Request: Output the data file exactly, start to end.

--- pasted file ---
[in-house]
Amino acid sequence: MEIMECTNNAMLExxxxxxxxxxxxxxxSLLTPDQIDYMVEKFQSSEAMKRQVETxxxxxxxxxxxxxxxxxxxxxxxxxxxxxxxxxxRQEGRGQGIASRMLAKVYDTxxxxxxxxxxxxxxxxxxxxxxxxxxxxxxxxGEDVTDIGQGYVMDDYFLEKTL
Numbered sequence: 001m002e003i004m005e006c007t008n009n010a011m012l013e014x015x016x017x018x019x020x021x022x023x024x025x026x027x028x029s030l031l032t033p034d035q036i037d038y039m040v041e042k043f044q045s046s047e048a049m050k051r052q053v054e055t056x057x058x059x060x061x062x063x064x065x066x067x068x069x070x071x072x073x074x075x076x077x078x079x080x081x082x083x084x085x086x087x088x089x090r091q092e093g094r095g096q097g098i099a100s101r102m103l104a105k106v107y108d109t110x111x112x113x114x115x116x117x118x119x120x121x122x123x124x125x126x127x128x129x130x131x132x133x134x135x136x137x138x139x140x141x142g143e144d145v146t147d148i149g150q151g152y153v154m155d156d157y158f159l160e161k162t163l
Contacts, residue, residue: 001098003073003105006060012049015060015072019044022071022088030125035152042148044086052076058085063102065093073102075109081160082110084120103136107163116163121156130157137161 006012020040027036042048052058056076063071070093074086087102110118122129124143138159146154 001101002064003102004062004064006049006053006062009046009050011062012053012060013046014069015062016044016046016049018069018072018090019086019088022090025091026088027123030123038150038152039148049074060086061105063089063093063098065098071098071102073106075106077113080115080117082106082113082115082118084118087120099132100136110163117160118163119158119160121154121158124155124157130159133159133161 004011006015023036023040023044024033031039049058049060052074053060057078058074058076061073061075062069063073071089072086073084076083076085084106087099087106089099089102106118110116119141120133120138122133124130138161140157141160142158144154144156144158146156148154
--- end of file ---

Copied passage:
[in-house]
Amino acid sequence: MEIMECTNNAMLExxxxxxxxxxxxxxxSLLTPDQIDYMVEKFQSSEAMKRQVETxxxxxxxxxxxxxxxxxxxxxxxxxxxxxxxxxxRQEGRGQGIASRMLAKVYDTxxxxxxxxxxxxxxxxxxxxxxxxxxxxxxxxGEDVTDIGQGYVMDDYFLEKTL
Numbered sequence: 001m002e003i004m005e006c007t008n009n010a011m012l013e014x015x016x017x018x019x020x021x022x023x024x025x026x027x028x029s030l031l032t033p034d035q036i037d038y039m040v041e042k043f044q045s046s047e048a049m050k051r052q053v054e055t056x057x058x059x060x061x062x063x064x065x066x067x068x069x070x071x072x073x074x075x076x077x078x079x080x081x082x083x084x085x086x087x088x089x090r091q092e093g094r095g096q097g098i099a100s101r102m103l104a105k106v107y108d109t110x111x112x113x114x115x116x117x118x119x120x121x122x123x124x125x126x127x128x129x130x131x132x133x134x135x136x137x138x139x140x141x142g143e144d145v146t147d148i149g150q151g152y153v154m155d156d157y158f159l160e161k162t163l
Contacts, residue, residue: 001098003073003105006060012049015060015072019044022071022088030125035152042148044086052076058085063102065093073102075109081160082110084120103136107163116163121156130157137161 006012020040027036042048052058056076063071070093074086087102110118122129124143138159146154 001101002064003102004062004064006049006053006062009046009050011062012053012060013046014069015062016044016046016049018069018072018090019086019088022090025091026088027123030123038150038152039148049074060086061105063089063093063098065098071098071102073106075106077113080115080117082106082113082115082118084118087120099132100136110163117160118163119158119160121154121158124155124157130159133159133161 004011006015023036023040023044024033031039049058049060052074053060057078058074058076061073061075062069063073071089072086073084076083076085084106087099087106089099089102106118110116119141120133120138122133124130138161140157141160142158144154144156144158146156148154